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Nonlinear Tax Elasticities And Their Implications For The Structural Budget Balance

  • Charl Jooste


    (Department of Economics, University of Pretoria)

  • Ruthira Naraidoo


    (Department of Economics, University of Pretoria)

Research on tax elasticities in South Africa mainly employs linear models and shows that taxes evolve symmetrically irrespective of the economic cycle. This study extends this research to show that taxes behave asymmetrically and nonlinearly during expansions and contractions. Estimated linear elasticities imply that a one percent expansion in the cycle increases personal income tax, corporate income tax and value added tax by 1.43, 2.52 and 0.99 percent, respectively. However, estimated nonlinear elasticities are significantly different. During an expansion, the above elasticities increase by 1.89, 2.76 and 2.17 percent, respectively while during a contraction phase these elasticities increase by 0.89, 0.88 and 0.82 respectively. This finding of low tax collection during economic contractions has important implications for fiscal sustainability and overall fiscal prudence in South Africa. The findings of high tax elasticities during expansions might explain the underestimation of revenue by the government.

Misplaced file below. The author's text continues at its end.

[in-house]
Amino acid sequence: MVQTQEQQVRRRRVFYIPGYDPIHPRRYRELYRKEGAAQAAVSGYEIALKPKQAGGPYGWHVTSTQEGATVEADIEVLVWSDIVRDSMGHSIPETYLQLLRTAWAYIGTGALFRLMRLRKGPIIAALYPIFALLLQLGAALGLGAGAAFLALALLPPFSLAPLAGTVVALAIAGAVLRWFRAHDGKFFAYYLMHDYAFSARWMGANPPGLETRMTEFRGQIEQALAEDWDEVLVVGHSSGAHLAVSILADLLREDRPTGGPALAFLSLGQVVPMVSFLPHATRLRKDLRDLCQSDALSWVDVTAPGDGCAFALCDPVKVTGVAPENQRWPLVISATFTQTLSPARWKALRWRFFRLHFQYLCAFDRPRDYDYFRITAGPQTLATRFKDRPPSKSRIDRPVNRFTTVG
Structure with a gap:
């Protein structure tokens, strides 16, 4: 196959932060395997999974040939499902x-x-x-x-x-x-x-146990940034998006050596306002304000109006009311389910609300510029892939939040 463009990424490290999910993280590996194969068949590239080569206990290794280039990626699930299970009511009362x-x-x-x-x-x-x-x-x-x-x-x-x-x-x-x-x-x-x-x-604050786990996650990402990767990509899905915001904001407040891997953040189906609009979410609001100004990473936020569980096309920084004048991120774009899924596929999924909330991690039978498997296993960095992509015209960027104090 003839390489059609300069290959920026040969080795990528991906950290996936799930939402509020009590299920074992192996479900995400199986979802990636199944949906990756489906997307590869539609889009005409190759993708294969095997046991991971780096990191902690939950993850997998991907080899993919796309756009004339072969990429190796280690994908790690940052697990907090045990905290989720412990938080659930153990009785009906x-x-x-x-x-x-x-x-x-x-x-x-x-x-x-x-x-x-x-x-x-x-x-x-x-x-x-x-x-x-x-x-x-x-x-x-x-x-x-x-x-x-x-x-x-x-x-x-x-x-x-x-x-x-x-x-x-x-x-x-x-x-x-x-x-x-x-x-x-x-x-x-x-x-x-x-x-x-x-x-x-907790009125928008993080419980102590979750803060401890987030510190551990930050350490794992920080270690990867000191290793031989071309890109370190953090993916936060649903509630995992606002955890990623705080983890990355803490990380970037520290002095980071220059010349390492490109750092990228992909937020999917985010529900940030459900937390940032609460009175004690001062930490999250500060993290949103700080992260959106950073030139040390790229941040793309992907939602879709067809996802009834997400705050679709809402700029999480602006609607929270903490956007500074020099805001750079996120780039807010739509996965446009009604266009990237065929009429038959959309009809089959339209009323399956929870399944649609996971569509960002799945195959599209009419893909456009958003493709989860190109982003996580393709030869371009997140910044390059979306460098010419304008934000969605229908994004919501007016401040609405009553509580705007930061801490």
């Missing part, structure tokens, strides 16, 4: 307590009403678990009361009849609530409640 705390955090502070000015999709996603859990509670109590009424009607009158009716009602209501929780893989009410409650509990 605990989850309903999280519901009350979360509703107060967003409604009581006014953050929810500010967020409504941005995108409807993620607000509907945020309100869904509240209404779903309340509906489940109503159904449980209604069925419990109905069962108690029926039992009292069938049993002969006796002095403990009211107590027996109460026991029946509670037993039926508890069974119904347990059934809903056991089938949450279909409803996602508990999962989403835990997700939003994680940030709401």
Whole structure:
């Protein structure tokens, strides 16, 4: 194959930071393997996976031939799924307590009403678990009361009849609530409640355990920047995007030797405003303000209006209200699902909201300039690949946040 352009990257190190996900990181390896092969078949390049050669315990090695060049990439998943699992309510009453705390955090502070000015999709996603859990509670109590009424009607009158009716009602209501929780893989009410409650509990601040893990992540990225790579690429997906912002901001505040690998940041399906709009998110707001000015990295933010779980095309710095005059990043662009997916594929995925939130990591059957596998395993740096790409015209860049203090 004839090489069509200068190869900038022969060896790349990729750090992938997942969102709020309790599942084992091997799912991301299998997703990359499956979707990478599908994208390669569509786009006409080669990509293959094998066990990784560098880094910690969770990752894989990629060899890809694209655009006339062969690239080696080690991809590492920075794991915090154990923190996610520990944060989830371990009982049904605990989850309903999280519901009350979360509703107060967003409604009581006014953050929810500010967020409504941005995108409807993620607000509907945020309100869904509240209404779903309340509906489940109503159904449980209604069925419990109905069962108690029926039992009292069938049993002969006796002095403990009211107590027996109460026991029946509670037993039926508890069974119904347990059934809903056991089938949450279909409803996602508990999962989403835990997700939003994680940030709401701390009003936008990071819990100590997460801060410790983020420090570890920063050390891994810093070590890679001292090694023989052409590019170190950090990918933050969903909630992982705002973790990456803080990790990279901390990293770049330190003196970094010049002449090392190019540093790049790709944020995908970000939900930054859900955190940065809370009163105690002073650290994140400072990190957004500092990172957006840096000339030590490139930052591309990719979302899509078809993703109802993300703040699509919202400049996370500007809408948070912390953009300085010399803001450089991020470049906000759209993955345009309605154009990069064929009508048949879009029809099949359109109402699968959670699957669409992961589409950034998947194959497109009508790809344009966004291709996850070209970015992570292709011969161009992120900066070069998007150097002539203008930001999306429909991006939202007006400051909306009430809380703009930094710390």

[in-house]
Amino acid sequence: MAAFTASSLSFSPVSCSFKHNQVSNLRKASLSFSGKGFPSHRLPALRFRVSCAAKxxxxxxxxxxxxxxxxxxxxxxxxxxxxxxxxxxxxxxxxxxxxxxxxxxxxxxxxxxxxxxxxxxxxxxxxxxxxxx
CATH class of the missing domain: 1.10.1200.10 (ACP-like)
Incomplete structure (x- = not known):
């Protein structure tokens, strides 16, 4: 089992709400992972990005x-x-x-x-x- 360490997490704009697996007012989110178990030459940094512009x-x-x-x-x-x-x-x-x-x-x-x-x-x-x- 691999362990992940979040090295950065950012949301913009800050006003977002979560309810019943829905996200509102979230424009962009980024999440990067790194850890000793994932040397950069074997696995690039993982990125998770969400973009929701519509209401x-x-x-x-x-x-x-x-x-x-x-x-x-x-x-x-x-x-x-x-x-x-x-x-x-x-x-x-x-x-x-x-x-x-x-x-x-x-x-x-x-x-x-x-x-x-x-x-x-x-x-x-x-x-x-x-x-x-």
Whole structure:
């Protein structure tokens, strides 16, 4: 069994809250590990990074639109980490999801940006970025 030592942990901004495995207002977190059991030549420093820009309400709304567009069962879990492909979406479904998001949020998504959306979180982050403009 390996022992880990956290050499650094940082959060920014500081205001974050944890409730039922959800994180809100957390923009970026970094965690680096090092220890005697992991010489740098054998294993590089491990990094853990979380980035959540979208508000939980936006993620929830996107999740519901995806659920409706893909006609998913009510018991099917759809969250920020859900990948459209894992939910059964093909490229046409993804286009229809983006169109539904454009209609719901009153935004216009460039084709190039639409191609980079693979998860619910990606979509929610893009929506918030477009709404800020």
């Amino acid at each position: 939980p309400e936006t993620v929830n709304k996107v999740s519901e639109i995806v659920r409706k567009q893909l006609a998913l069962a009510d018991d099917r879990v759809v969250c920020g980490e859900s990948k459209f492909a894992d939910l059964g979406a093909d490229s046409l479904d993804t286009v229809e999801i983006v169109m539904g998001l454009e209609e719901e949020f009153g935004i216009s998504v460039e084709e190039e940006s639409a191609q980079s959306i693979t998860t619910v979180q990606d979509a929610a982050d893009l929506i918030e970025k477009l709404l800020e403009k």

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Paper provided by University of Pretoria, Department of Economics in its series Working Papers with number 201022.

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Length: 24 pages
Date of creation: Oct 2010
Date of revision:
Handle: RePEc:pre:wpaper:201022
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